Editor: Would each of you tell our readers something about your professional experience?
Shrager: I am a graduate of Amherst College and Yale Law School, and I have been a commercial litigator for 40 years. Following a judicial clerkship, I went to work for Hannoch Weisman, which was one of the largest firms in New Jersey at the time. In 1999, I joined Norris McLaughlin & Marcus. One of the things that I have always enjoyed about my litigation practice is the opportunity to learn about new businesses and new industries. A good litigator makes it a point to understand the client's business, and I have found that process to be both challenging and rewarding.
Raymond-Flood: I graduated from Seton Hall Law School in 1991, and, following a judicial clerkship, engaged in insurance and environmental litigation work. I joined Norris McLaughlin's litigation department in 1995 and expanded my practice to include a variety of commercial litigation matters, including intellectual property. I find the learning experiences that litigation offers to be one of its principal attractions.
Pinguelo: In my 10 years as a trial lawyer, I've developed this simple yet effective belief: Be available to clients at all times and help them develop practical solutions to increasingly complicated disputes. My business litigation practice has expanded into the entertainment industry, and we have handled some high-profile entertainment cases and are becoming a known quantity in the entertainment law field. My interest and expertise in electronic information is a natural result of my involvement in many complex lawsuits.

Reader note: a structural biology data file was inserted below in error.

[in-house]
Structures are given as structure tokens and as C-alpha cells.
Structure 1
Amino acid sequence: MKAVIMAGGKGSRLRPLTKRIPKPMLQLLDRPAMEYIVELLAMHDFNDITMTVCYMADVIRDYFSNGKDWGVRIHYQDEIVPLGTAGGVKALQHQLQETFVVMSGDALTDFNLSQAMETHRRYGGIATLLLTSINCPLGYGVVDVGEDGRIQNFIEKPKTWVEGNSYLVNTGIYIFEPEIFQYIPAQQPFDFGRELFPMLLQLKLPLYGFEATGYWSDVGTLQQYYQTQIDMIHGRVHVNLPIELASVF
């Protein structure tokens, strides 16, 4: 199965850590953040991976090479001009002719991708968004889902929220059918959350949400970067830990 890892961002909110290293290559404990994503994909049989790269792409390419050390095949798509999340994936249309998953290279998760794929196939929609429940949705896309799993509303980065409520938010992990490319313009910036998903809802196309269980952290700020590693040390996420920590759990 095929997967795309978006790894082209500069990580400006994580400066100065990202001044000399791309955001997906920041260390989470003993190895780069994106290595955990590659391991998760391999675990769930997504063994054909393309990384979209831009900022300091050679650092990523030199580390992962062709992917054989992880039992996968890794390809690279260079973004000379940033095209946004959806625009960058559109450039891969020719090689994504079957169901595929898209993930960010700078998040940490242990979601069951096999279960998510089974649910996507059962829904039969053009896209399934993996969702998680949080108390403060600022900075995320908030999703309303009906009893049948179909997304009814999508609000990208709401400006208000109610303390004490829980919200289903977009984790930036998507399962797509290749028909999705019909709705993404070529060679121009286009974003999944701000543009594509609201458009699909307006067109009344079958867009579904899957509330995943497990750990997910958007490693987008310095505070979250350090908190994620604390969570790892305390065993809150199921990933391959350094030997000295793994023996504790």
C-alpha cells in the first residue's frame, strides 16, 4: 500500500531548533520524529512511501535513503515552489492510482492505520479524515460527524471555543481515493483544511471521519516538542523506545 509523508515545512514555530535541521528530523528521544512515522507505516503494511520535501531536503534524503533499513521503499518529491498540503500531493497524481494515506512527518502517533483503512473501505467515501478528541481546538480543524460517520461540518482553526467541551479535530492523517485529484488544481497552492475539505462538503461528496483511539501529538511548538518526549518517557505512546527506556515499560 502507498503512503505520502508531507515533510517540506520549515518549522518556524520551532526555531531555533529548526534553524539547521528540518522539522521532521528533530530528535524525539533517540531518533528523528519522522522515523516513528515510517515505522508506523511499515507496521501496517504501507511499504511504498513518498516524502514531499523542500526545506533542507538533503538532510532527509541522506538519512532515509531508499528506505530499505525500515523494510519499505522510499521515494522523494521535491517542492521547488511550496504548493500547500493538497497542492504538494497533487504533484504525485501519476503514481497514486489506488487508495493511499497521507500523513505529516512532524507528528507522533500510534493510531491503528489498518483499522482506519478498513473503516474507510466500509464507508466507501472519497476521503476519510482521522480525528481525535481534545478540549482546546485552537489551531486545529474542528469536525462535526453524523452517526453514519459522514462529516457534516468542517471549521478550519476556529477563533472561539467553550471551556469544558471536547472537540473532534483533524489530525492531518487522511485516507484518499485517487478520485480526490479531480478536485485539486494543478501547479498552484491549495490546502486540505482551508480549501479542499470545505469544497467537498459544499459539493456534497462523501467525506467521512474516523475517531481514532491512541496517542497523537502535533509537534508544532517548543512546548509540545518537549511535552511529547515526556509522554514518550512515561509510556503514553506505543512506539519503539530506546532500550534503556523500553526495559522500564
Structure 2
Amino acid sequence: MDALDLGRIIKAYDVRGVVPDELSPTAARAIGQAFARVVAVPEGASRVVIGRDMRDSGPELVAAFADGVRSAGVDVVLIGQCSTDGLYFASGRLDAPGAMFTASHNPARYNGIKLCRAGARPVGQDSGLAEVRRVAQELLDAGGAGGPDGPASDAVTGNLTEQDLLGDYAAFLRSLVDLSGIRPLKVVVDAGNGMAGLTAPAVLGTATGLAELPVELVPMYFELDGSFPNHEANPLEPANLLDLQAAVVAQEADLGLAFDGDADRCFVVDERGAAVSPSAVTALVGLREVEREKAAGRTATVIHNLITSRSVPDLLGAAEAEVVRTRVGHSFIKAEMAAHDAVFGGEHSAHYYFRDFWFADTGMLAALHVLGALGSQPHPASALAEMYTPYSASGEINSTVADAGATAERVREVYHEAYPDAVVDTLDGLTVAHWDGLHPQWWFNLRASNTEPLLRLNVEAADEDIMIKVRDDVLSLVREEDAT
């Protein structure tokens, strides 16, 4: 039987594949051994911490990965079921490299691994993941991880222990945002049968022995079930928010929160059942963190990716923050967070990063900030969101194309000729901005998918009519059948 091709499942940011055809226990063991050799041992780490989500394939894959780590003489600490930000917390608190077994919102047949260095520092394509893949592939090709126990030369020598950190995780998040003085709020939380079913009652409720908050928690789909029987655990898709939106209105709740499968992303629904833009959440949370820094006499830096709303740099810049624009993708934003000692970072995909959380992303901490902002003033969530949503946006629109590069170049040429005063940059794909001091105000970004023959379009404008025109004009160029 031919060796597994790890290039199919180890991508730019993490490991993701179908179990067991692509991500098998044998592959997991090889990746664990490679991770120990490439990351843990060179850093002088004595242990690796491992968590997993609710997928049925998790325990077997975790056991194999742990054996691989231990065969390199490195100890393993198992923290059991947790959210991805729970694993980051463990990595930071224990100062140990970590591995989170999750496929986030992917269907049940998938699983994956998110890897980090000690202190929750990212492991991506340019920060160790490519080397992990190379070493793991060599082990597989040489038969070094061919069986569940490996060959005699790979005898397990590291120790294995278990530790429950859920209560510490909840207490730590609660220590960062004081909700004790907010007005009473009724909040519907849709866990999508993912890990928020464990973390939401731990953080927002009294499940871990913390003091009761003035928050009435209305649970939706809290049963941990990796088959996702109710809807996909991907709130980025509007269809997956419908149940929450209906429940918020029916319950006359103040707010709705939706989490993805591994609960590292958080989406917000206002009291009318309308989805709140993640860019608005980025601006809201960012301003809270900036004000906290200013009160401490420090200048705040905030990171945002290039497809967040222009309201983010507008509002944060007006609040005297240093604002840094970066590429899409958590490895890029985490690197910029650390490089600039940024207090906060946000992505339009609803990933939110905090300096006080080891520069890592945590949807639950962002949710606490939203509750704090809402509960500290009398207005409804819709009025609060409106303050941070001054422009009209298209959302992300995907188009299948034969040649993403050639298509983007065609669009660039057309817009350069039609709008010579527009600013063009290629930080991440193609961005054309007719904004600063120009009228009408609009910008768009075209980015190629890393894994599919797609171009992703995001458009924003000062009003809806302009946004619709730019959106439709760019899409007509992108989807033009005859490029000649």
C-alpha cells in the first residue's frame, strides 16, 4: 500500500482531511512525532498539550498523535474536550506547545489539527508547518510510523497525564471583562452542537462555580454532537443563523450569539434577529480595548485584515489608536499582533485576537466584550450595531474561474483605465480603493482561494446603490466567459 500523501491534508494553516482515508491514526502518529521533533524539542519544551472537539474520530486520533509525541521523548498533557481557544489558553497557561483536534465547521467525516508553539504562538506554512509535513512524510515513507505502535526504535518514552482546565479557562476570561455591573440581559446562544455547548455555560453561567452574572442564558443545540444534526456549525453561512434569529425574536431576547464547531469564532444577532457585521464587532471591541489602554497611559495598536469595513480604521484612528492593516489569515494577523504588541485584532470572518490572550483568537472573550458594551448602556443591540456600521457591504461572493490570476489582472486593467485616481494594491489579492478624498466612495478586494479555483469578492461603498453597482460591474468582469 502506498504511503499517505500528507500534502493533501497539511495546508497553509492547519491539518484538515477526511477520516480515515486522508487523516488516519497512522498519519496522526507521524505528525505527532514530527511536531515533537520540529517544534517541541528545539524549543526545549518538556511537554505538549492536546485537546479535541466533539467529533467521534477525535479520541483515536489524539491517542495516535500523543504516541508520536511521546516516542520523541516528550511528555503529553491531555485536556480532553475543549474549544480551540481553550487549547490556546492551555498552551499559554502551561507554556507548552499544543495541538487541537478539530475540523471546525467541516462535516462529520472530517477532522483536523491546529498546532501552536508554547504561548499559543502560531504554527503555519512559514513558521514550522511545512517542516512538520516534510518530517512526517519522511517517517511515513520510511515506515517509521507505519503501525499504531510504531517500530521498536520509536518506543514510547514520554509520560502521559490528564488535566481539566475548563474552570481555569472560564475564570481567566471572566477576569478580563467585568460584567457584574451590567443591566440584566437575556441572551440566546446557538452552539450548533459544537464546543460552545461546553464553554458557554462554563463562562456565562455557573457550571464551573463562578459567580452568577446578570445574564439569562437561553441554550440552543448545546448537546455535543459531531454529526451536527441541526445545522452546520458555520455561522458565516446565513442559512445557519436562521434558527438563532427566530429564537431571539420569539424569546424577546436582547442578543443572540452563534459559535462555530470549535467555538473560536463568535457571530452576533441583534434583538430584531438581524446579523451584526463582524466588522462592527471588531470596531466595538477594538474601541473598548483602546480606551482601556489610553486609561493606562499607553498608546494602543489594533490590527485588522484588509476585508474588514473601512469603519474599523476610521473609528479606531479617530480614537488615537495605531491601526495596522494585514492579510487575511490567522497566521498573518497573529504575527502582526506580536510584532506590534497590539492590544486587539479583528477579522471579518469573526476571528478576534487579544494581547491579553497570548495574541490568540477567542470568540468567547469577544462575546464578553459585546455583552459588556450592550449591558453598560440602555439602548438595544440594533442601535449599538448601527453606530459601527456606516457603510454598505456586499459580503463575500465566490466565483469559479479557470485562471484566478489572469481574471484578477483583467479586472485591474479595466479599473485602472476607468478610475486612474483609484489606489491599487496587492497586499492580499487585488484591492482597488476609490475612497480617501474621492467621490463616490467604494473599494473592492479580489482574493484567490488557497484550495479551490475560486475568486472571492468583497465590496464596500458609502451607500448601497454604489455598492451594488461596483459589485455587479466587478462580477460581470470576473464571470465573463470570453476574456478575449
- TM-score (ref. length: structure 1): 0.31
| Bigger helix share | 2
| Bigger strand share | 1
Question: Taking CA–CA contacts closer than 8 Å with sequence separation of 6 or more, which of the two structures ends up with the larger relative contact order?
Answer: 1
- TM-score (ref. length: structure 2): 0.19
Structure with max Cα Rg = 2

Editor: I understand the three of you are involved in a Norris McLaughlin interdisciplinary team called the Response to Electronic Discovery and Information - REDI - Group. What is the origin of this initiative?
Shrager: The initiative derives from what is nothing less than a sea change in commercial litigation. Document discovery has always been one of the principal issues in litigation, but prior to the advent of electronically stored information the volume of documents - which were paper, of course - was finite. And that information was not routinely destroyed. Today there is so much documentation that is stored electronically, that it is routine - and often necessary - for companies to periodically purge their data storage systems to free up space for new information. That has raised a whole new set of problems because the deleted information may be retrievable and available for use in a dispute.
Electronic discovery has changed the way in which we advise clients to prepare for litigation, and it has changed the cost of litigation - in some cases drastically. We recognize that it is not sufficient for just trial lawyers to be knowledgeable in this area, and that our entire firm and our clients must understand the challenges that e-discovery poses on the practice of law and on our clients' businesses. That is the origin of the initiative we call the REDI Group.
Pinguelo: We regularly speak and write on the topic of e-discovery. In fact, just recently a judge who read one of our articles asked for permission to reproduce it so that he could circulate it among his colleagues on the bench. We have also been invited by the New Jersey Administrative Office of the Courts to lecture at this year's Judicial College on this topic. We will be presenting a three-hour seminar on the legal and practical aspects of e-discovery before the 450-plus judges that comprise New Jersey's judiciary. We strive to make a positive impact on this industry. By taking on this leadership role, our goal is to better serve our clients in this growing and complicated area.
Editor: What role has the plaintiffs' bar played in the development of e-discovery?